August 5, 2007
Truth on Fire
The Promise Comes
Today, the title of my talk is “The Promise Comes”. I’m talking of course about my new granddaughter, Jenna Brooke Wittwer, who arrived yesterday at 5:56 PM. Isn’t she beautiful! I think she looks like Mother Teresa! And here she is with her parents, Andy and Nicole. Dr. Danly…good job!
While I’d like to talk about my granddaughter, we’re actually going to talk about the promise of the Holy Spirit.
ILL: One day Jennifer Jarrett asked her two-year-old daughter, Catherine, where her slippers were. “Downstairs in the kitchen,” she told me.
“What are they doing there?” I asked.
“Nothing,” she replied. “They can’t walk because they don’t have feet in them right now.”
Just like slippers can’t walk without feet in them, Christians can’t walk the God-walk, can’t live the God-life without God in them. We need to be filled with the Holy Spirit! Remember, Jesus told His followers to wait in Jerusalem for the promise of the Holy Spirit. “You will receive power when the Spirit comes on you,” He told them. So they waited, the promise came, and they were filled with power. That’s today’s story, and we’re going to ask God to make it our story too…to fill us with His Spirit.
The Bible tells us that when we become followers of Jesus, we should be baptized in water. Why?
Baptism was an act of initiation. Have you ever joined a club or organization that had an initiation rite? When I was a kid, we had a neighborhood club of boys and to join you had to prick your finger and write your name in blood on a piece of paper. Then, you were in. The idea was that you did something that indicated you belonged, you joined, you were official. In the church, that act is baptism. And you do it when you believe in Jesus.
Baptism was also an act of repentance or change. You are baptized for the forgiveness of your sins. That is, you are admitting that you have sinned and need forgiveness, and you are acknowledging that comes from Jesus who died for you. You are turning from your old life of sin, and starting a new life of following Jesus. That’s why we immerse you. The old you has died with Christ, and we are
burying you in the water, and a brand new you is raised to live a new life with Jesus.
So baptism says, “I believe in Jesus and I’m joining His family.” And “The old me has died and is buried, and a new me is being born.” Today we are going to celebrate with 24 people who are being baptized in water. (Explain the drill.)
Announcements and offering (this will be at the start of the message)
Leadership Summit: walk-in registrations on Thursday morning.
Back of tear-off: classes, etc. coming in the Fall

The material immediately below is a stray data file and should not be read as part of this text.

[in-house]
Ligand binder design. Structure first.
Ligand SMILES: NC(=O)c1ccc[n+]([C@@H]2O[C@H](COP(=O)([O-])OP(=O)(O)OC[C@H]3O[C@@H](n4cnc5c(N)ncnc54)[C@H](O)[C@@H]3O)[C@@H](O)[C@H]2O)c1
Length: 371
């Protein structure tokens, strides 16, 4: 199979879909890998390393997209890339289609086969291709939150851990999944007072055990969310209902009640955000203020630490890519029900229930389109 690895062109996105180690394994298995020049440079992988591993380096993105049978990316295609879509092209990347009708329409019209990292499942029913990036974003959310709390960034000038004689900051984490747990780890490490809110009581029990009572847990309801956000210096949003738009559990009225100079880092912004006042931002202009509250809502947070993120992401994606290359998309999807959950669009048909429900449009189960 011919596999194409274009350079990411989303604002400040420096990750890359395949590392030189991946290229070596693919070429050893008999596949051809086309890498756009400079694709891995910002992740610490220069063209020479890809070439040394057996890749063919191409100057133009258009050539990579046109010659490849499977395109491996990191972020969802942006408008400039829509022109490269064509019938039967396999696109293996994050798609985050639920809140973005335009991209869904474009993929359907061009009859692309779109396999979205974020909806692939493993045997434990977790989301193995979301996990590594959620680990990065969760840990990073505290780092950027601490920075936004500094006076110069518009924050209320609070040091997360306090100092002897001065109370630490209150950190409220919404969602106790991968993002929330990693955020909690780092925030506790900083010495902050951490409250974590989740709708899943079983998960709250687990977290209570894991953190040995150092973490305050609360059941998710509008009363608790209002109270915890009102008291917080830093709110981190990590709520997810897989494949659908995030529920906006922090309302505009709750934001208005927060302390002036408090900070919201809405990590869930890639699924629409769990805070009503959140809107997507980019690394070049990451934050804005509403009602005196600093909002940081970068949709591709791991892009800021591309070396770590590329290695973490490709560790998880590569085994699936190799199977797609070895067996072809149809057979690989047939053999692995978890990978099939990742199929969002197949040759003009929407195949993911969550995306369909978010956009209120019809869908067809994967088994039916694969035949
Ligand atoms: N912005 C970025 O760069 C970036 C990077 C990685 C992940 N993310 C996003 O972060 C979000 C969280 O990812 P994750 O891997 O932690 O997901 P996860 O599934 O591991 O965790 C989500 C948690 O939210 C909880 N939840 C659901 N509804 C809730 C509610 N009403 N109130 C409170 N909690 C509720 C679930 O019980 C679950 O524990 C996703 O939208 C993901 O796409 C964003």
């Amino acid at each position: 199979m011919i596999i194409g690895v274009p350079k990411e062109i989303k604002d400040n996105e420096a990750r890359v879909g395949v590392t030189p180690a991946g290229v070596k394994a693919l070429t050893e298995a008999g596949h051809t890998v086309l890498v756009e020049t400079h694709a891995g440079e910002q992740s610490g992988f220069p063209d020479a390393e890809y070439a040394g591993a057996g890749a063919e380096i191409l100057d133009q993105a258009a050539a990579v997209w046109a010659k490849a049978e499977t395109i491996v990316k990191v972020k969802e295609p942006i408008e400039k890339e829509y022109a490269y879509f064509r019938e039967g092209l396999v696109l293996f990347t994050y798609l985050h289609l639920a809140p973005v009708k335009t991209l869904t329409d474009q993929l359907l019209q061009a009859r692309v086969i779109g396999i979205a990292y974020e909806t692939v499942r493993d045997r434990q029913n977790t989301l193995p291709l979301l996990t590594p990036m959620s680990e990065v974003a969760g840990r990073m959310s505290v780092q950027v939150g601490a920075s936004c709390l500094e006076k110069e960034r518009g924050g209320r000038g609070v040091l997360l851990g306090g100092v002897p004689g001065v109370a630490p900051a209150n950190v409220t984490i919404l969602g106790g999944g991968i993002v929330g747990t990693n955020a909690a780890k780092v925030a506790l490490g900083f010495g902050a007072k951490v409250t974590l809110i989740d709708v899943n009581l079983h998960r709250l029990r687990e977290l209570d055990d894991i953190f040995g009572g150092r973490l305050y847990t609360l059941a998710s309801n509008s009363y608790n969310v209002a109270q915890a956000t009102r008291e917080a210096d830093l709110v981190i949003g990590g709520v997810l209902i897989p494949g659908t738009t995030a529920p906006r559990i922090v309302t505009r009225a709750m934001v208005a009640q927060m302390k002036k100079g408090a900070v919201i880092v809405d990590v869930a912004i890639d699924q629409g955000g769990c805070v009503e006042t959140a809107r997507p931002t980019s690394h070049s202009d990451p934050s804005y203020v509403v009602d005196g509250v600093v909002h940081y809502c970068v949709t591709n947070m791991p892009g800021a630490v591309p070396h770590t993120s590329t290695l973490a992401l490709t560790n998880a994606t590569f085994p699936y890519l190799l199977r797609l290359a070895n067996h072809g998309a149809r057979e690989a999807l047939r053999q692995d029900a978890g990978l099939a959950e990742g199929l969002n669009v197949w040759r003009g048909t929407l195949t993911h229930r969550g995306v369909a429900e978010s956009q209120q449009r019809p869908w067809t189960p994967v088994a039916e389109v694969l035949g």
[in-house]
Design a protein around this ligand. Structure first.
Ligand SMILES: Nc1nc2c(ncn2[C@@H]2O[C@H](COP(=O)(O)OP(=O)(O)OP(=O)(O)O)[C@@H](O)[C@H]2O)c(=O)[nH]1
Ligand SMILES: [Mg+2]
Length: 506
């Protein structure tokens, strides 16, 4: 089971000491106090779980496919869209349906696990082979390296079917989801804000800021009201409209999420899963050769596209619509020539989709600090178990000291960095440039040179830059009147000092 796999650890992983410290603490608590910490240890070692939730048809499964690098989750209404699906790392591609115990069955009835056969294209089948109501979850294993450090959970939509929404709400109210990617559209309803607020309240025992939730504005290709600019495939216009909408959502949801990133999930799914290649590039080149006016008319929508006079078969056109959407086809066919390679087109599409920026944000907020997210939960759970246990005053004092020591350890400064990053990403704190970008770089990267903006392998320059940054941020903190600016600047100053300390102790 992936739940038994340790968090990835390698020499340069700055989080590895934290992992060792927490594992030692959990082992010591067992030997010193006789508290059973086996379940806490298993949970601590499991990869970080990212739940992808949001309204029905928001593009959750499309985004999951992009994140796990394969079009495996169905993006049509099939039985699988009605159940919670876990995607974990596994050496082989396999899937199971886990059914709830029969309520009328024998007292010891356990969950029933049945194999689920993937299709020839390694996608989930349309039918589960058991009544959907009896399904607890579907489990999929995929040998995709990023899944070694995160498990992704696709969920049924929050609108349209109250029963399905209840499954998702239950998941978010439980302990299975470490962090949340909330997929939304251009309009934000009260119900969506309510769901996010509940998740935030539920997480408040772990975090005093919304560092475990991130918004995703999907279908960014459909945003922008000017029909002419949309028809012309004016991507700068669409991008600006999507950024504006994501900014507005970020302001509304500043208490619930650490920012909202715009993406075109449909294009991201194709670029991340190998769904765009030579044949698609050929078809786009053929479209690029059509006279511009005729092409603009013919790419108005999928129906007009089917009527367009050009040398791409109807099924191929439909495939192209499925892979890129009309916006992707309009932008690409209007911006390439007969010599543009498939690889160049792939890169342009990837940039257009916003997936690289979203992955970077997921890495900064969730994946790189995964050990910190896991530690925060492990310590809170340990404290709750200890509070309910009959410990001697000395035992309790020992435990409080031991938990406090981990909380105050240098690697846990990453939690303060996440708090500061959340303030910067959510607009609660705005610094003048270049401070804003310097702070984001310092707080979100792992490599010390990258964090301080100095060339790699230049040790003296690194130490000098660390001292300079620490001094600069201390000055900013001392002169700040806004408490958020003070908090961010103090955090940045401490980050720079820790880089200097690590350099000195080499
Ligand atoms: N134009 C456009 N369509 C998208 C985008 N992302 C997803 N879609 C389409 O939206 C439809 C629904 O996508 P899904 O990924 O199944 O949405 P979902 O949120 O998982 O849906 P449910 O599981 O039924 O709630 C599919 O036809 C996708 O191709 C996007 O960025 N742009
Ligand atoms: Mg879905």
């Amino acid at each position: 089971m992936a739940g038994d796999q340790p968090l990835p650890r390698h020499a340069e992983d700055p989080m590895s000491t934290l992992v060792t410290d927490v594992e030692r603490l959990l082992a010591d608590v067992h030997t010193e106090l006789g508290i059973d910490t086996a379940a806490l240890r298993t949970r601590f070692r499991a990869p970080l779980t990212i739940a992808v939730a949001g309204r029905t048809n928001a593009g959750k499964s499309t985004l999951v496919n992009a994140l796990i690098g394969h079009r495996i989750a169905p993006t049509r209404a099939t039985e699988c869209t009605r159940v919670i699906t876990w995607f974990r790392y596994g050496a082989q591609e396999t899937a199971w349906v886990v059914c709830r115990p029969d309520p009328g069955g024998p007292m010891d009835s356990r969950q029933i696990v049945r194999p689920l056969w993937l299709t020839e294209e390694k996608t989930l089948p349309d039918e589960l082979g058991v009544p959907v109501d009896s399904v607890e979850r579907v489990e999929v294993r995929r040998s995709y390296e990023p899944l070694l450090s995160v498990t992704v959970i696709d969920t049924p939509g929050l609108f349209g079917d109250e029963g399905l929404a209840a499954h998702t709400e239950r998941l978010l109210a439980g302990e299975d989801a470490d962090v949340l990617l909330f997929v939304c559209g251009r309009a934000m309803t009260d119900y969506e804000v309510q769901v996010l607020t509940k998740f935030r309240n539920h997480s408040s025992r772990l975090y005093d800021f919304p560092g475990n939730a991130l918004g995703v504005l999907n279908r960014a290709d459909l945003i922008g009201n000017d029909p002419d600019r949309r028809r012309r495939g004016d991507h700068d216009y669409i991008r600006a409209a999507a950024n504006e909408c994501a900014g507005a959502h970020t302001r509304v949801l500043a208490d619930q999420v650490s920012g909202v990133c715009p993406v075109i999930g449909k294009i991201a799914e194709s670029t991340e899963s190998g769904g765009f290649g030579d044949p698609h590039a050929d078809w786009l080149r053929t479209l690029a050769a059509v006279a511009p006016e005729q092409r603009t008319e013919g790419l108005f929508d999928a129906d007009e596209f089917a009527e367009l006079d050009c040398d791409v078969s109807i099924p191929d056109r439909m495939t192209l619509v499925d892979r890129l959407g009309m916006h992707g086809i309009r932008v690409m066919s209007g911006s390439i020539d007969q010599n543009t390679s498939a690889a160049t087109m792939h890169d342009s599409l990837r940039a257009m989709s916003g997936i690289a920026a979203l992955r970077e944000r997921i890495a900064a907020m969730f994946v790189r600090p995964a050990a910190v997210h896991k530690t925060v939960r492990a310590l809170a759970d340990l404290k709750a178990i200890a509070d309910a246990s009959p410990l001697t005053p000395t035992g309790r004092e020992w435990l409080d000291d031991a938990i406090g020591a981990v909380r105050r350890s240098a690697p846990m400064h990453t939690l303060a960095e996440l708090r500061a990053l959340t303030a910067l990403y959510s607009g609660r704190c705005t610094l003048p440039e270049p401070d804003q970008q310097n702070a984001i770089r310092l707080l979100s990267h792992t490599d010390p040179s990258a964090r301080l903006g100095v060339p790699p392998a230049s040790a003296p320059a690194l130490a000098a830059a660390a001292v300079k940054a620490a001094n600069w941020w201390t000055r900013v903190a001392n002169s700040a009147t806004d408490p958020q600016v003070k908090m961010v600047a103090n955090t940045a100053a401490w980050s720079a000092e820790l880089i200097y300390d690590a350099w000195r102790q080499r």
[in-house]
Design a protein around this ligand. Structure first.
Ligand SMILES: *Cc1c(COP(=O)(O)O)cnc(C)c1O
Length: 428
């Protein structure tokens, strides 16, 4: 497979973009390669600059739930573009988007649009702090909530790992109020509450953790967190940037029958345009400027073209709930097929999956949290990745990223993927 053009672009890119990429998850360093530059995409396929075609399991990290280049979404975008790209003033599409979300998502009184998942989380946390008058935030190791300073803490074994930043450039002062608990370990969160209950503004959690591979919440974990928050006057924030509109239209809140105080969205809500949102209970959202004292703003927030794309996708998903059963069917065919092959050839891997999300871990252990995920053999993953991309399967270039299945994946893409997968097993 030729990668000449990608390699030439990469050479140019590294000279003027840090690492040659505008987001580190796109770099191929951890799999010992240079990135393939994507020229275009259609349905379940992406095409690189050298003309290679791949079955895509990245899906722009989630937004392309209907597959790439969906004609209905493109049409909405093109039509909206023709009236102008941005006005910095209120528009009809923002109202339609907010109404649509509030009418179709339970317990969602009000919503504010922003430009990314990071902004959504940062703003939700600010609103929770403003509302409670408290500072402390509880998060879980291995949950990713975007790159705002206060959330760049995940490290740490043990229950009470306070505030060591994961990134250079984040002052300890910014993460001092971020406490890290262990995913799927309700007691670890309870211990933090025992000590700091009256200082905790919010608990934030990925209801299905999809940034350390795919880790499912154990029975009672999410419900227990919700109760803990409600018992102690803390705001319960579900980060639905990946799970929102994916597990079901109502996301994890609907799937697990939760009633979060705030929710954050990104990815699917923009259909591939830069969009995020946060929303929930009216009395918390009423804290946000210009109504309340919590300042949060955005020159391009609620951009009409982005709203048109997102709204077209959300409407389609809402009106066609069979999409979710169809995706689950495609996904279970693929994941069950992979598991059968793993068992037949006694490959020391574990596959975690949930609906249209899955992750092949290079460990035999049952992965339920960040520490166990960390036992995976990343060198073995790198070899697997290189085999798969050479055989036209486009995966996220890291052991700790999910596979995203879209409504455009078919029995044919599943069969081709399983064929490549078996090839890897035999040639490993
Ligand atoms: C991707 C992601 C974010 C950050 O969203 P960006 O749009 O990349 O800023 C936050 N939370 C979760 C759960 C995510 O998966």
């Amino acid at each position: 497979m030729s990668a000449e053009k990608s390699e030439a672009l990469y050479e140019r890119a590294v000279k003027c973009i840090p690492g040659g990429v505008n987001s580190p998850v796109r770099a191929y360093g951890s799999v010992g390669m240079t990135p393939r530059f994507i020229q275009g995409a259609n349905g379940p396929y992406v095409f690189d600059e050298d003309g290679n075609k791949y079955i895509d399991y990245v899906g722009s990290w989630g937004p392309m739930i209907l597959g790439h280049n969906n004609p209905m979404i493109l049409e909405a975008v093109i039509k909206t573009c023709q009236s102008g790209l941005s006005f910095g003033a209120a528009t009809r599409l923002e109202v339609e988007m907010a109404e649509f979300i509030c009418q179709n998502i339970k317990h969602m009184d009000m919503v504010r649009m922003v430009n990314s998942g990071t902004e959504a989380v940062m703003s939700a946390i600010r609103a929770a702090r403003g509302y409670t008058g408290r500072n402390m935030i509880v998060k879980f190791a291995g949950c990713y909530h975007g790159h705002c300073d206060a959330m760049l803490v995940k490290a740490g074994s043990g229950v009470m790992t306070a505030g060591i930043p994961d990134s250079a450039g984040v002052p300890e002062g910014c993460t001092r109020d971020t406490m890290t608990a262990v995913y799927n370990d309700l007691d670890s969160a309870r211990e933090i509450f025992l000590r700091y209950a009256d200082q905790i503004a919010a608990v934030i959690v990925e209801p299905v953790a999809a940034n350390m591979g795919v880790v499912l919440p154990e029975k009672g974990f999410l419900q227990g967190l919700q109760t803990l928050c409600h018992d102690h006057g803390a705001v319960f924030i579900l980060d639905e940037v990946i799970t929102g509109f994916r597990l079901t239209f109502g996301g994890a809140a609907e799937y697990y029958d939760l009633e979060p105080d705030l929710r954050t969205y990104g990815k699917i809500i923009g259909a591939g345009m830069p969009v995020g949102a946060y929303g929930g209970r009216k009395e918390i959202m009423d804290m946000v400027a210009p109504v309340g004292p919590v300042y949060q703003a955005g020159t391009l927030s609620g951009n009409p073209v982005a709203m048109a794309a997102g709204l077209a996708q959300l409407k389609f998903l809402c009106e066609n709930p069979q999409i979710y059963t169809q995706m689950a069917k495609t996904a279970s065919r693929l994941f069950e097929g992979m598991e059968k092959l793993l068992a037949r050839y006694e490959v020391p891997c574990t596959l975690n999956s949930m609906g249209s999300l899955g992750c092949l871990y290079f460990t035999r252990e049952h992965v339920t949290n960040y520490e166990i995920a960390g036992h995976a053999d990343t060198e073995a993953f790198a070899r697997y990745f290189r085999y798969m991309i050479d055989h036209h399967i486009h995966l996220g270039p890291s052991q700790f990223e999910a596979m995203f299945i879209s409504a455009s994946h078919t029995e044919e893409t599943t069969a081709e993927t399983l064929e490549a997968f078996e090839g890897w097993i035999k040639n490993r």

School supplies drive (Another Life Center Outreach): fill the bins on August 12 and 19!
The book of Acts in the New Testament is the story of the first Christians. We read in chapter one that Jesus told them to wait in Jerusalem for the promise of the Holy Spirit. “You will receive power when the Spirit comes on you.” So they waited; and we saw last Sunday what they did while they waited for the promise to come. They obeyed, they prayed and they got ready—it’s what you do when you’re living in the in-between. Today, we start Acts 2, and the promise comes. Let’s read it.
Acts 2:1-13 When the day of Pentecost came, they were all together in one place. 2 Suddenly a sound like the blowing of a violent wind came from heaven and filled the whole house where they were sitting. 3 They saw what seemed to be tongues of fire that separated and came to rest on each of them. 4 All of them were filled with the Holy Spirit and began to speak in other tongues as the Spirit enabled them.
5 Now there were staying in Jerusalem God-fearing Jews from every nation under heaven. 6 When they heard this sound, a crowd came together in bewilderment, because each one heard them speaking in his own language. 7 Utterly amazed, they asked: “Are not all these men who are speaking Galileans? 8 Then how is it that each of us hears them in his own native language? 9 Parthians, Medes and Elamites; residents of Mesopotamia, Judea and Cappadocia, Pontus and Asia, 10 Phrygia and Pamphylia, Egypt and the parts of Libya near Cyrene; visitors from Rome 11 (both Jews and converts to Judaism); Cretans and Arabs—we hear them declaring the wonders of God in our own tongues!” 12 Amazed and perplexed, they asked one another, “What does this mean?”
13 Some, however, made fun of them and said, “They have had too much wine.”